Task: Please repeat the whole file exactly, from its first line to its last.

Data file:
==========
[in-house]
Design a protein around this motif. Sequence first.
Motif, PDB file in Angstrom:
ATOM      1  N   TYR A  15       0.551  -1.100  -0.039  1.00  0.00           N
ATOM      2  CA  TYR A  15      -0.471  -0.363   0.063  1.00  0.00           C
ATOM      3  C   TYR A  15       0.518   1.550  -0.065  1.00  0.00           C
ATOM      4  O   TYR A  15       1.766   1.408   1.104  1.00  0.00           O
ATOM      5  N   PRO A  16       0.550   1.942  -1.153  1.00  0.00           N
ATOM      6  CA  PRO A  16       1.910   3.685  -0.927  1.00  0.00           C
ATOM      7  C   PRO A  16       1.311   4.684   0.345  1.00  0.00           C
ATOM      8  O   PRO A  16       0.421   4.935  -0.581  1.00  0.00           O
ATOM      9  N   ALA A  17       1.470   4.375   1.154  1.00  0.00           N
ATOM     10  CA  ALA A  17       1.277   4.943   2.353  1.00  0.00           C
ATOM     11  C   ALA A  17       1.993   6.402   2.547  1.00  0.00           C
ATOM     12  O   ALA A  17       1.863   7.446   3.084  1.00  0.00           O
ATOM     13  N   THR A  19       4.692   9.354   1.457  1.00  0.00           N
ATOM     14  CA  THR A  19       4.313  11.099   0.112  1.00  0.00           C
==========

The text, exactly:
[in-house]
Design a protein around this motif. Sequence first.
Motif, PDB file in Angstrom:
ATOM      1  N   TYR A  15       0.551  -1.100  -0.039  1.00  0.00           N
ATOM      2  CA  TYR A  15      -0.471  -0.363   0.063  1.00  0.00           C
ATOM      3  C   TYR A  15       0.518   1.550  -0.065  1.00  0.00           C
ATOM      4  O   TYR A  15       1.766   1.408   1.104  1.00  0.00           O
ATOM      5  N   PRO A  16       0.550   1.942  -1.153  1.00  0.00           N
ATOM      6  CA  PRO A  16       1.910   3.685  -0.927  1.00  0.00           C
ATOM      7  C   PRO A  16       1.311   4.684   0.345  1.00  0.00           C
ATOM      8  O   PRO A  16       0.421   4.935  -0.581  1.00  0.00           O
ATOM      9  N   ALA A  17       1.470   4.375   1.154  1.00  0.00           N
ATOM     10  CA  ALA A  17       1.277   4.943   2.353  1.00  0.00           C
ATOM     11  C   ALA A  17       1.993   6.402   2.547  1.00  0.00           C
ATOM     12  O   ALA A  17       1.863   7.446   3.084  1.00  0.00           O
ATOM     13  N   THR A  19       4.692   9.354   1.457  1.00  0.00           N
ATOM     14  CA  THR A  19       4.313  11.099   0.112  1.00  0.00           C